"Handling old films, restoring them and preserving them is like preserving your culture," Gulzar said. The Film Heritage Foundation will be setting up a week-long school, focused on film preservation and restoration, starting February 22-28 at Films Division here.

The school will consist of lectures, presentations and practical classes on film preservation and restoration that will be conducted by experts in the field. There will also be a daily screening of a restored classic preceded by an introductory talk on the restoration.

This is in line with the vision to create an indigenous resource of film archivists and restorers that will work towards preserving India's legacy of cinema. Gulzar has words of praise for Shivendra Singh Dungarpur, founder-director, Film Heritage Foundation.

"I feel very proud of Shivendra for doing this for what he is doing  is bigger than my filmmaking. I feel like I should have started preserving films instead of making films. I am proud of him not only because he has involved me in this, but more so, because I believe in this initiative," he said.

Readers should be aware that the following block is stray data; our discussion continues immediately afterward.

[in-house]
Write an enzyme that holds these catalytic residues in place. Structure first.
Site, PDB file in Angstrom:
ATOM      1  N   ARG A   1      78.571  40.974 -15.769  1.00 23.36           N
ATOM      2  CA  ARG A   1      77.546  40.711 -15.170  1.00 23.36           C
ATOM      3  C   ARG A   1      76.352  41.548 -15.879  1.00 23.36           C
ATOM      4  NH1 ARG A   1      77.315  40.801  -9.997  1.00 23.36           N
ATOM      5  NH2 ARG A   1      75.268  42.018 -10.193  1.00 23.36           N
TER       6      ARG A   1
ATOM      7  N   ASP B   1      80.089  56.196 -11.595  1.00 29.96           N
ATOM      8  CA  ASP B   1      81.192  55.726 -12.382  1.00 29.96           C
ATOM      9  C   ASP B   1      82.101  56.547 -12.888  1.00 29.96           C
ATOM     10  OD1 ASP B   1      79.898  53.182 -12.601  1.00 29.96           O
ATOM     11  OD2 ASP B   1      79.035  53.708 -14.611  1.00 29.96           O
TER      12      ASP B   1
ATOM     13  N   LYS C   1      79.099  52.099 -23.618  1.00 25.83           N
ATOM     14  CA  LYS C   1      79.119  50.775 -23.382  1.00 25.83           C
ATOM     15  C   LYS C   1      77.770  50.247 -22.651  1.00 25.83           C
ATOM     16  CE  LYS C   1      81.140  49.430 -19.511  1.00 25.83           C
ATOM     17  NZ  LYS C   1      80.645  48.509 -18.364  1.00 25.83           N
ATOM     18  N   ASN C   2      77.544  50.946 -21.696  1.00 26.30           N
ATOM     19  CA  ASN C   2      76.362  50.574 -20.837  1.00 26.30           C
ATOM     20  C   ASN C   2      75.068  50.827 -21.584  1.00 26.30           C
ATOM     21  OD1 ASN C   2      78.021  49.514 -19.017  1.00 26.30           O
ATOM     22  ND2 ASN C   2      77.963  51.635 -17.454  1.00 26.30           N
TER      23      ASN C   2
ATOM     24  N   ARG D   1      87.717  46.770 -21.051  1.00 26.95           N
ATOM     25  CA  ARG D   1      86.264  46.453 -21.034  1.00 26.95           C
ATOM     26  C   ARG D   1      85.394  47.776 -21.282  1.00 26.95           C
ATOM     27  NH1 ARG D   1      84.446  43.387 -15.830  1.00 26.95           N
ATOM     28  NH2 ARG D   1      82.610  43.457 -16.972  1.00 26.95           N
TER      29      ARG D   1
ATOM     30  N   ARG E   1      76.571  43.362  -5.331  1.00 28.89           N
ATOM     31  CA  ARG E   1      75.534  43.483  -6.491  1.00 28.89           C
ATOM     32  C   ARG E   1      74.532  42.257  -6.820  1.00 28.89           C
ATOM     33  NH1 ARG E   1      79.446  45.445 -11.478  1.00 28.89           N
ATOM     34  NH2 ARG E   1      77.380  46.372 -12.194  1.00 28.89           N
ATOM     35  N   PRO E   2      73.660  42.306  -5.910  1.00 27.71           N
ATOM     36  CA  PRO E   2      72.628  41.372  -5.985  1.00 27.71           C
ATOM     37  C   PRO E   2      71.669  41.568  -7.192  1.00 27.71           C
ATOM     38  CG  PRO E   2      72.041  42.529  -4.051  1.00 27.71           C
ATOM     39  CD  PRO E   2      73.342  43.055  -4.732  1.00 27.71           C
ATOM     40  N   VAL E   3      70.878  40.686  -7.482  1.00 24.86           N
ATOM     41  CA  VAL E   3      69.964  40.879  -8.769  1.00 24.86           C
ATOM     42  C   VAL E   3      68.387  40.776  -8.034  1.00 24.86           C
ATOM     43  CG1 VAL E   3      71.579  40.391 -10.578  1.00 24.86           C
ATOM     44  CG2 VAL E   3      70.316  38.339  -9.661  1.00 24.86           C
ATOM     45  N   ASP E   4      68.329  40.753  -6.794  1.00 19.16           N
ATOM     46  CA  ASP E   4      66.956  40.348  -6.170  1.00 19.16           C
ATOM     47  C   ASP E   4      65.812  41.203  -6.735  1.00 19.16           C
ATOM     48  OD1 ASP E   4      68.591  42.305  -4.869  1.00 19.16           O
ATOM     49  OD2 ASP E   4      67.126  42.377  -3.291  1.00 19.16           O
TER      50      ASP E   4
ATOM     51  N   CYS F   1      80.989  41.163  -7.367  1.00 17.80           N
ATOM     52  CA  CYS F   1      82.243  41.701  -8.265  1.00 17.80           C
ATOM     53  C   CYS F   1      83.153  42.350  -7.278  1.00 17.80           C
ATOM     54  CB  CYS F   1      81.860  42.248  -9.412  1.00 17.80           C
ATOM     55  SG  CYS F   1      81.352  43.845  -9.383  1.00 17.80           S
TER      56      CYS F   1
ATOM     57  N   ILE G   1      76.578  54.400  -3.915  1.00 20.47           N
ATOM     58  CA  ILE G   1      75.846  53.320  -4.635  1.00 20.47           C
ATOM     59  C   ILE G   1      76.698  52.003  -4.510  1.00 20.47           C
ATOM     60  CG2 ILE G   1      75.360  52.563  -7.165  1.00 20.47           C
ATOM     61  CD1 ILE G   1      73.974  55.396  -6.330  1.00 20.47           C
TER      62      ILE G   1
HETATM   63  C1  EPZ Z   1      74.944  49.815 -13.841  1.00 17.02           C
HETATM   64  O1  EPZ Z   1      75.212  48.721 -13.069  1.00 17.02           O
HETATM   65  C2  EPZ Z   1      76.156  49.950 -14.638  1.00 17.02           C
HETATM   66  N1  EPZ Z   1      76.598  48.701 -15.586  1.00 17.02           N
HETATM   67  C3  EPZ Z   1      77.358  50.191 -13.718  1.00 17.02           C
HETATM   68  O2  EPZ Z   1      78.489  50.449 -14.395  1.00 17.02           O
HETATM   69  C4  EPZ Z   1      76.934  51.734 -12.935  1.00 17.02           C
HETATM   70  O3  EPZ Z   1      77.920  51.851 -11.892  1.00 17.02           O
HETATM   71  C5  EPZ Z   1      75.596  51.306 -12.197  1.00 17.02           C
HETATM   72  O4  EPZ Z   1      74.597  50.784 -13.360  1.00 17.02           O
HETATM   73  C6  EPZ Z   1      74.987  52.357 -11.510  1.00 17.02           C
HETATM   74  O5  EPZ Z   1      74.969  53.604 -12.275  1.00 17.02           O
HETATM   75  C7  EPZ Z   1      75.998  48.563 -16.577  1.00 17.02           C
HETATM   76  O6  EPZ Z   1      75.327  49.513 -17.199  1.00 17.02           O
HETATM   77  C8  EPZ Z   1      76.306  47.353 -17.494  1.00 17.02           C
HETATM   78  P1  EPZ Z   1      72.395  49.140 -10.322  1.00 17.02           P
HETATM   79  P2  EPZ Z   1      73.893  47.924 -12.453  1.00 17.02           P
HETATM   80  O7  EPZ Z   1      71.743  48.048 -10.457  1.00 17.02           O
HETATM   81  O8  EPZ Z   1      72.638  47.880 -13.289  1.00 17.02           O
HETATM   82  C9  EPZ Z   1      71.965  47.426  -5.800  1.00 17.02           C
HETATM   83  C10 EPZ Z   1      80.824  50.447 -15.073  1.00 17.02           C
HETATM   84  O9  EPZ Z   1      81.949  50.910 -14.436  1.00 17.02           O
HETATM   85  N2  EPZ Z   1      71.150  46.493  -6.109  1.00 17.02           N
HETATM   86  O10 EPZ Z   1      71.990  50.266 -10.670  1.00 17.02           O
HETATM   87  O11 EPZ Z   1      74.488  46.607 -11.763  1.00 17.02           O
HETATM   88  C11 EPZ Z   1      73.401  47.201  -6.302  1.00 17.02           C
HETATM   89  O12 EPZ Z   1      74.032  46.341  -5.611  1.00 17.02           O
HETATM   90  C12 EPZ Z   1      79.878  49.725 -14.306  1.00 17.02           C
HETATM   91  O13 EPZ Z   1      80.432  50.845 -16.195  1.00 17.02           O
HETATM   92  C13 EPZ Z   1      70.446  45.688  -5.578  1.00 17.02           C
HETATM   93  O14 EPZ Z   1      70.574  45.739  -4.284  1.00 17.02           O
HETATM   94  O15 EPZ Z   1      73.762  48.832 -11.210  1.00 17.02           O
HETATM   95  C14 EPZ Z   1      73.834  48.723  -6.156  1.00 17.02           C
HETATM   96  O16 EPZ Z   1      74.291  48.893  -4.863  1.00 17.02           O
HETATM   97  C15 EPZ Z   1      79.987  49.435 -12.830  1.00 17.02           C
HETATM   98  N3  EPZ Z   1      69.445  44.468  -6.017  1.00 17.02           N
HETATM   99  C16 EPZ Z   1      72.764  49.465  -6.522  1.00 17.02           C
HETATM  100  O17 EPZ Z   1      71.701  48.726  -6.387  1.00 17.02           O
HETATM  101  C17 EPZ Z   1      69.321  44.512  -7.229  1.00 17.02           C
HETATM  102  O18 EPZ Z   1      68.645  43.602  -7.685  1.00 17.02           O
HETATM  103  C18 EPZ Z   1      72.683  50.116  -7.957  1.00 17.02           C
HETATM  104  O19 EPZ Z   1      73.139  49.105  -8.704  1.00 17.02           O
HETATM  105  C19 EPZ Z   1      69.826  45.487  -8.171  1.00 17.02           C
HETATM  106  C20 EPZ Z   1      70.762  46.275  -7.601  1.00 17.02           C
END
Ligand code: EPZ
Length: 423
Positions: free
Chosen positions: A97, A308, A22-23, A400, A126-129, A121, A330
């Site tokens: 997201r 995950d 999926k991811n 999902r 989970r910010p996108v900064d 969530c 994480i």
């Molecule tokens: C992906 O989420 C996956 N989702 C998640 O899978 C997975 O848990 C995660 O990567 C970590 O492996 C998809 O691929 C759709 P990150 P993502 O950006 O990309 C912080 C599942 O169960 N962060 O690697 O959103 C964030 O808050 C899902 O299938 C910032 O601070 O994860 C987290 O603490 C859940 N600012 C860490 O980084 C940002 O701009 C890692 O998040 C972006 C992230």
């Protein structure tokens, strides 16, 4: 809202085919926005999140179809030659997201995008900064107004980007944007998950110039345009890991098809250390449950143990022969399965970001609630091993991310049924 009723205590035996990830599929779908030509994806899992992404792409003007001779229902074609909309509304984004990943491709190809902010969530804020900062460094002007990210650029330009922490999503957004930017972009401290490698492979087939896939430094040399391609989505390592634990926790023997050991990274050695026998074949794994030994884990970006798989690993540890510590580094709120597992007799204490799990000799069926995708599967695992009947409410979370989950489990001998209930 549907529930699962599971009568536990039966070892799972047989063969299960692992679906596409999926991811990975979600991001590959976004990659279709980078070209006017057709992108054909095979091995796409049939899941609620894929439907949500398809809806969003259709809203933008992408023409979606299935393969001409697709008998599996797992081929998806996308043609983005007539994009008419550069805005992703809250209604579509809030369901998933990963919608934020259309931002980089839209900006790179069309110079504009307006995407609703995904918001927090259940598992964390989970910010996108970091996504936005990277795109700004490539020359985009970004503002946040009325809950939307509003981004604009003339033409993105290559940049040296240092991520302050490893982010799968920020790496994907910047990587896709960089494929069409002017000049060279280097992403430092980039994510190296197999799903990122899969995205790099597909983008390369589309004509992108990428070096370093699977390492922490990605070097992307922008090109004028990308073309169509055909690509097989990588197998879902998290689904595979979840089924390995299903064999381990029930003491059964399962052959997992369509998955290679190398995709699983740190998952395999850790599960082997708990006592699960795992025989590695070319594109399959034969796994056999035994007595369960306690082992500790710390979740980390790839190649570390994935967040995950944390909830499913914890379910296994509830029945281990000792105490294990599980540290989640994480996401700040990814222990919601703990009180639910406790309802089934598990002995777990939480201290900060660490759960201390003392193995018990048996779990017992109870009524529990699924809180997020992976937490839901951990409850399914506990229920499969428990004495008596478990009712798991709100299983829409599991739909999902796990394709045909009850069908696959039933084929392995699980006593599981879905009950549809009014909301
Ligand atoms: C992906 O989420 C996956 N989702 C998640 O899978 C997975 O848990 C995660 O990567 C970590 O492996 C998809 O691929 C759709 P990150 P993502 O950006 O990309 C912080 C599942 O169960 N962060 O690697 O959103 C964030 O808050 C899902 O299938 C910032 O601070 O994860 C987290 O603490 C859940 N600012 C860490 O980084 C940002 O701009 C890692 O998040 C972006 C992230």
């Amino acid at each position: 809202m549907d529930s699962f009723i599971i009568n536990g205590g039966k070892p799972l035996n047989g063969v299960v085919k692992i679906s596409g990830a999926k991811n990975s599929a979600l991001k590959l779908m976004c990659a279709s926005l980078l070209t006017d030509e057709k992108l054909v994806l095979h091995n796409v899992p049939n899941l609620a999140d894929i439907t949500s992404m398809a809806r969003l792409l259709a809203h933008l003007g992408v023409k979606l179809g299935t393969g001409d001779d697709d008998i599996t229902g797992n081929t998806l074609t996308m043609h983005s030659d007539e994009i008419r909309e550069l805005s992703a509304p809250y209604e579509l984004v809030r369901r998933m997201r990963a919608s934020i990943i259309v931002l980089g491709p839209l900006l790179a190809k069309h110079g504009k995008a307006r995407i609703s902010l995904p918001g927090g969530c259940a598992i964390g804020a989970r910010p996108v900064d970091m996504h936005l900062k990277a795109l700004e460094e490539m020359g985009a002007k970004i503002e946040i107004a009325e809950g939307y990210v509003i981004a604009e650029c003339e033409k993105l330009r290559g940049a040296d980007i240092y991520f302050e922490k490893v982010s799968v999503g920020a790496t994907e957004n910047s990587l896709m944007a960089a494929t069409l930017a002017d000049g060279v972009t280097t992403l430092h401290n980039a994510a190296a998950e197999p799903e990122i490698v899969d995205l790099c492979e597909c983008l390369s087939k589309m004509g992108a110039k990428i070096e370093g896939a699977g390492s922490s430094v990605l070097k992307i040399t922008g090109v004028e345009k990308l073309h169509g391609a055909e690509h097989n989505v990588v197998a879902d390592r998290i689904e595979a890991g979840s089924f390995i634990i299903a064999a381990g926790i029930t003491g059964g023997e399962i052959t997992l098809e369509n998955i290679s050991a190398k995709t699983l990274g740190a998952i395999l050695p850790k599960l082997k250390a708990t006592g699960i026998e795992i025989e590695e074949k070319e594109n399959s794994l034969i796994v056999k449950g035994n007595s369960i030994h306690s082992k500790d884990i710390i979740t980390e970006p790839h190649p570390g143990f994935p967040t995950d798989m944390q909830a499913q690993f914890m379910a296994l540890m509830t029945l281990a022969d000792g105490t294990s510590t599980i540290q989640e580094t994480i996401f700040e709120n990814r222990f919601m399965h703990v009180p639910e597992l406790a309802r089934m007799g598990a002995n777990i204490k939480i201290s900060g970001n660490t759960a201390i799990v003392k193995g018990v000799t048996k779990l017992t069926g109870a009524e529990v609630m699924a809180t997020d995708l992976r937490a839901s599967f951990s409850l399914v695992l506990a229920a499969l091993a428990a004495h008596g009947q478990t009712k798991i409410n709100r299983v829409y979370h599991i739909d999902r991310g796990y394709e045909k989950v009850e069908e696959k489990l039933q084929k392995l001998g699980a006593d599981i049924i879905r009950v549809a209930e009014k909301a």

Preserving the country's cinematic history is a "a mammoth task", according to Gulzar."I feel sorry that traditionally, we Indians have been neglecting it. It hurts me to realise that films made by veterans like Bimalda (Bimal Roy), Ritwik Ghatak, Mrinalda (Mrinal Sen), films that taught us a lot, have not been restored and preserved.

"It is unfortunate if the current generation or the generations to come don't have access to these films. The film veterans have made their mark, but it's a great loss for people like us or people who didn't preserve these films," he added.


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